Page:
Finding a Home is Hard And a Little Scary

Staying positive is probably the biggest challenge any of us is going to have as we move away from what we’ve known and into the independent world where we have to take care of ourselves. Being in foster care is a little bit like being institutionalized. You start to depend on others all the time and expect that everyone else will be taking care of you, when in reality, that isn’t the truth. When you’re about to leave foster home or kinship home or even an adopted home, no one is really there for you except yourself – so you’ve got to make a plan to stay on top of things and make things work, even if it’s hard. Working to get your housing application in to New York City Housing Authority (NYCHA), and doing so early so that you have the best chance of getting good housing when you need it, is the first wake up call.

I’ve got a baby girl on the way, and as the dad, it’s important for me to try to make sure this child grows up feeling safe and cared for. But I’m still living in foster care myself, and the baby’s mom lives with her grandmother in kinship care, so it’s going to be really tough making all this work out. I’m working on my application for housing, and I’ve been training for a job looking after people with developmental disabilities, so hopefully – I’ll get things on track and be able to deal with all this responsibility, but it’s a lot when you are only 19 and nobody has your back.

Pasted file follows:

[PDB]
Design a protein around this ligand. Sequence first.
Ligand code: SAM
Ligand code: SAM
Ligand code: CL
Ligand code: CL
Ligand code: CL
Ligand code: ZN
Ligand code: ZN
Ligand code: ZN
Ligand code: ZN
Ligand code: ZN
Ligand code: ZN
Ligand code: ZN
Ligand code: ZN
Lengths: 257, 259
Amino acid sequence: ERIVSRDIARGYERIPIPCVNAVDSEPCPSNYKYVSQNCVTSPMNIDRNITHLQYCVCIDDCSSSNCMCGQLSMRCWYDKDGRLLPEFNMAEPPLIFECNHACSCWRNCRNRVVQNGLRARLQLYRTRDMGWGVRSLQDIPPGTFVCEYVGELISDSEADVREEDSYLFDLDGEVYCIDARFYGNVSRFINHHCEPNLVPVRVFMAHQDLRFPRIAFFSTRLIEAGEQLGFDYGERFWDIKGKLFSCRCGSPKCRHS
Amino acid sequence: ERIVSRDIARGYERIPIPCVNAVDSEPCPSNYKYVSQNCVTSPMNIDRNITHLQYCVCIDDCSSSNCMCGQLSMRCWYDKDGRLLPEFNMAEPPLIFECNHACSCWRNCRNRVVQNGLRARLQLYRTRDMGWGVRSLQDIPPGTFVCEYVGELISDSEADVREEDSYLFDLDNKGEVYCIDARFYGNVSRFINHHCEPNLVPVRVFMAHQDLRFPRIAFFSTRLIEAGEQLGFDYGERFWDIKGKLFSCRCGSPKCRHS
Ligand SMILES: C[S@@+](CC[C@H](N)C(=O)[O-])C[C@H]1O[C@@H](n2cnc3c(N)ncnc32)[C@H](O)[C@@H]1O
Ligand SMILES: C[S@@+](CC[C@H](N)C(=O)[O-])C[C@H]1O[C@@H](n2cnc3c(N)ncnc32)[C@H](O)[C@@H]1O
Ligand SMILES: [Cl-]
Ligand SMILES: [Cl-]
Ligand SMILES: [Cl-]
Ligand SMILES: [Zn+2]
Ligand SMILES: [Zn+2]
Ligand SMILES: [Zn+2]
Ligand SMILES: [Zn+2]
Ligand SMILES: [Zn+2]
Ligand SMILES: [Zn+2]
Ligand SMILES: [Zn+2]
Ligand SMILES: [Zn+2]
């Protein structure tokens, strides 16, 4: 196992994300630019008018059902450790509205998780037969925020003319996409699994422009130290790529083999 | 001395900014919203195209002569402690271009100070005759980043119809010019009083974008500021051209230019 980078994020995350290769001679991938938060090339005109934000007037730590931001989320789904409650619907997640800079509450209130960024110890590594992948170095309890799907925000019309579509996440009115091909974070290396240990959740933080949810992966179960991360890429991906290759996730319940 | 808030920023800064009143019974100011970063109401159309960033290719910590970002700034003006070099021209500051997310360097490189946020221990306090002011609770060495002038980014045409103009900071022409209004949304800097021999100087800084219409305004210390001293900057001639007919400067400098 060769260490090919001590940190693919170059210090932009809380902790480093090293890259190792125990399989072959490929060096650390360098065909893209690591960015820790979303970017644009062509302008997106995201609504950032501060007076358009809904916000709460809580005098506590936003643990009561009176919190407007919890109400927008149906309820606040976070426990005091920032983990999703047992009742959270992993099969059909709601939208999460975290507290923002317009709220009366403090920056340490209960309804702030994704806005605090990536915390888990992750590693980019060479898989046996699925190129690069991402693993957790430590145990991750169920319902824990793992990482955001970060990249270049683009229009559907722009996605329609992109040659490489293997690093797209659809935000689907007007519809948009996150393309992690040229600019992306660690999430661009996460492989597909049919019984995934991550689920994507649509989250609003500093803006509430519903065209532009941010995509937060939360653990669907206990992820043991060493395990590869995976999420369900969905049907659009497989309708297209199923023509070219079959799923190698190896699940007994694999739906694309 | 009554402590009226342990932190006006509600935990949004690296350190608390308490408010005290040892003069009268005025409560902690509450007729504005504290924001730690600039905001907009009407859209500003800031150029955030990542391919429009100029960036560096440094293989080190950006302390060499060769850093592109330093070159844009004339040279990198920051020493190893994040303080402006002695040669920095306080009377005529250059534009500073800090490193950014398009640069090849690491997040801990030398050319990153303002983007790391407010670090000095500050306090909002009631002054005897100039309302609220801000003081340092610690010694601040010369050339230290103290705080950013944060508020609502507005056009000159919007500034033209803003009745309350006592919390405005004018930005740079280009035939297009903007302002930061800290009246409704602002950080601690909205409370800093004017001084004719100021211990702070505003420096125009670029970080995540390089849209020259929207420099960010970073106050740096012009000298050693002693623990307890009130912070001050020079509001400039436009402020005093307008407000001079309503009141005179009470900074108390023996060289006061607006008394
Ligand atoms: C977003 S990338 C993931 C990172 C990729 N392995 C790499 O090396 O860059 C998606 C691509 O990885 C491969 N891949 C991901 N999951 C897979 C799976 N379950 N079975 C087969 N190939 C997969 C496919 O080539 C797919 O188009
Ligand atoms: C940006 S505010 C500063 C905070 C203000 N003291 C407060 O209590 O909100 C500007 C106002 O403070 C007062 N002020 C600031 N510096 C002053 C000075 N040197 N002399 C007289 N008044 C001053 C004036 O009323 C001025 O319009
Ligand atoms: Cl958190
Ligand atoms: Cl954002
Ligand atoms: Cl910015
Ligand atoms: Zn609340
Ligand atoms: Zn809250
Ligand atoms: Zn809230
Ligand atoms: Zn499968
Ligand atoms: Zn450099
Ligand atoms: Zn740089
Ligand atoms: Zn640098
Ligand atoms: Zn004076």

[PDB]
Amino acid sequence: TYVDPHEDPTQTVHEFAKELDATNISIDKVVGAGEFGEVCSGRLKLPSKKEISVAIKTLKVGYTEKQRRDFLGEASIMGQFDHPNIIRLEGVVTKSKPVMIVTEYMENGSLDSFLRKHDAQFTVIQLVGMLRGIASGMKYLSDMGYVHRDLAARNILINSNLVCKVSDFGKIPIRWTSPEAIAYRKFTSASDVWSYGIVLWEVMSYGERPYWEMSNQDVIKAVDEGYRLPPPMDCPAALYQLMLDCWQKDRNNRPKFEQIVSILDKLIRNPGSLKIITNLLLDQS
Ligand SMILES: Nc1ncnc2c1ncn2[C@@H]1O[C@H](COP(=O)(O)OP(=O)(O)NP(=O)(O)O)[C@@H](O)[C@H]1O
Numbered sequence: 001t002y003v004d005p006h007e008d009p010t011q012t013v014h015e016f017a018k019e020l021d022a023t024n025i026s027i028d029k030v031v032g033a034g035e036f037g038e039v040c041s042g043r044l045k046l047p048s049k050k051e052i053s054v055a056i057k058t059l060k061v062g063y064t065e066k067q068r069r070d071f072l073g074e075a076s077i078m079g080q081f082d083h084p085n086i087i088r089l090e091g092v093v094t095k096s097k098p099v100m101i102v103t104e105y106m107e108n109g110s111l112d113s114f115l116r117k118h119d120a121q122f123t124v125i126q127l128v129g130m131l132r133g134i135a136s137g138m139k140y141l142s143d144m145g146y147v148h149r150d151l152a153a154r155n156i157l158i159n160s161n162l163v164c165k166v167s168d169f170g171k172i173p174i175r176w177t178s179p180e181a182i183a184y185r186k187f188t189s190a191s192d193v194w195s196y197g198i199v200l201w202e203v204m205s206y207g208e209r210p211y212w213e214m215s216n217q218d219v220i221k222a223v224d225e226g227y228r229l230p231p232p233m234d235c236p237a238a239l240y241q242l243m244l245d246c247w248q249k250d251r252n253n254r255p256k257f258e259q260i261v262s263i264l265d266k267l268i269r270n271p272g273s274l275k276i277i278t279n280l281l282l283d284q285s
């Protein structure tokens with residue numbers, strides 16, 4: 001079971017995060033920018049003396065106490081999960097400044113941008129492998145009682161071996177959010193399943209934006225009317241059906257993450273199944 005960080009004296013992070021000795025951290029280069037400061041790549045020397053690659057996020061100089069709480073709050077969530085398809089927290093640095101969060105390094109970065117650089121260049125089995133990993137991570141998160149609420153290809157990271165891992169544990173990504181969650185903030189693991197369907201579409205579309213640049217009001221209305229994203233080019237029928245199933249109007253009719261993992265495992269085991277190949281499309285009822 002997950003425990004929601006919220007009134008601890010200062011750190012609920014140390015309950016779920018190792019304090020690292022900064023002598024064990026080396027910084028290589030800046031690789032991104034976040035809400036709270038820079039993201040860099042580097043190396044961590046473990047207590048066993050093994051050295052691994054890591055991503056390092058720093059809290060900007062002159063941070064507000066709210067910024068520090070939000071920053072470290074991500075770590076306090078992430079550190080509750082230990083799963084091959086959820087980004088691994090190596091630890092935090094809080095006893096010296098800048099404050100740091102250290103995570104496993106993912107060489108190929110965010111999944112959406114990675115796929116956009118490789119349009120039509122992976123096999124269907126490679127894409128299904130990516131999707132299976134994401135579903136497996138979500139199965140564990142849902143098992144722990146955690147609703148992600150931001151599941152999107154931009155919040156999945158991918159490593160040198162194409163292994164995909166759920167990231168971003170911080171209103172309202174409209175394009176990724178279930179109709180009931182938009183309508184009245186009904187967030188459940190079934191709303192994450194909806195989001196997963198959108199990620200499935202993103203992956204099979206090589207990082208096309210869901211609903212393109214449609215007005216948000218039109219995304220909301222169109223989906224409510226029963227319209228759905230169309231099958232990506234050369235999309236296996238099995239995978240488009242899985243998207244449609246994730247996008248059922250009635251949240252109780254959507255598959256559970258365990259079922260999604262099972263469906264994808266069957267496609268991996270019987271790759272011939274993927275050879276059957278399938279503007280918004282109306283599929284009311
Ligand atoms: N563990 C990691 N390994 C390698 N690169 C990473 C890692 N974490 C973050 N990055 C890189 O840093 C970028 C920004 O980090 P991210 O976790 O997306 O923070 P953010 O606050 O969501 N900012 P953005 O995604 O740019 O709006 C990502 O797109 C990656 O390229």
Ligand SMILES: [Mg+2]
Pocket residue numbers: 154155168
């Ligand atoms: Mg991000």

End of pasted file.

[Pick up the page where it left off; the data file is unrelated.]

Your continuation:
Working as a youth advocate means I try to be a positive role model for other kids. My life has been pretty happy, I’m a junior in high school now and I think I can do whatever I set my mind to doing. But yeah, I worry about what is going to happen to me when I need to be on my own. It is like a big cloud hanging over my head and I know that is how a lot of us in foster care feel.

I’m living in a shelter-type situation, in an SRO, and it is pretty rocky, but I’m looking for housing and a job and that’s what will get me to a stable place.

Maybe if I hadn’t been so defiant and if I had let my walls down, I would be in a better place. But the hardest thing for me is to trust. I don’t trust anyone, and I know I can’t go through life that way – but right now, that’s how I feel.

Dreams, Hopes and The Future

It’s hard to imagine the future when the day to day is so rocky, but dreams persist and there are things to shoot for. In general, we agree that:

  • We have to keep a positive outlook, for ourselves but also for the younger kids coming up, who we could be role models for. We can’t let our past hold us back.
  • Housing is key. Without it, all of these other services are useless. There’s no address to get mail, you can’t get a credit card or driver’s license or passport or anything. There’s no pride in living on other people’s couches, feeling like a burden and wondering when you are going to be asked to move on. The city needs to get focused on this in a big way not just with buildings but with supportive services to help kids learn how to make it on their own. Any system without true, integrated, community-based permanent housing for kids aging out of foster care is just a Band Aid.

Even though we’ve been through a lot, we have also learned a lot and most of us could be, or are, therapists for our friends. We really appreciate the people who have taken the time to help us and are ready to try helping other people who are going through what we have gone through. We can relate to the struggles that people have and that can help us be better listeners. It’s just another one of those ways that we’re strong.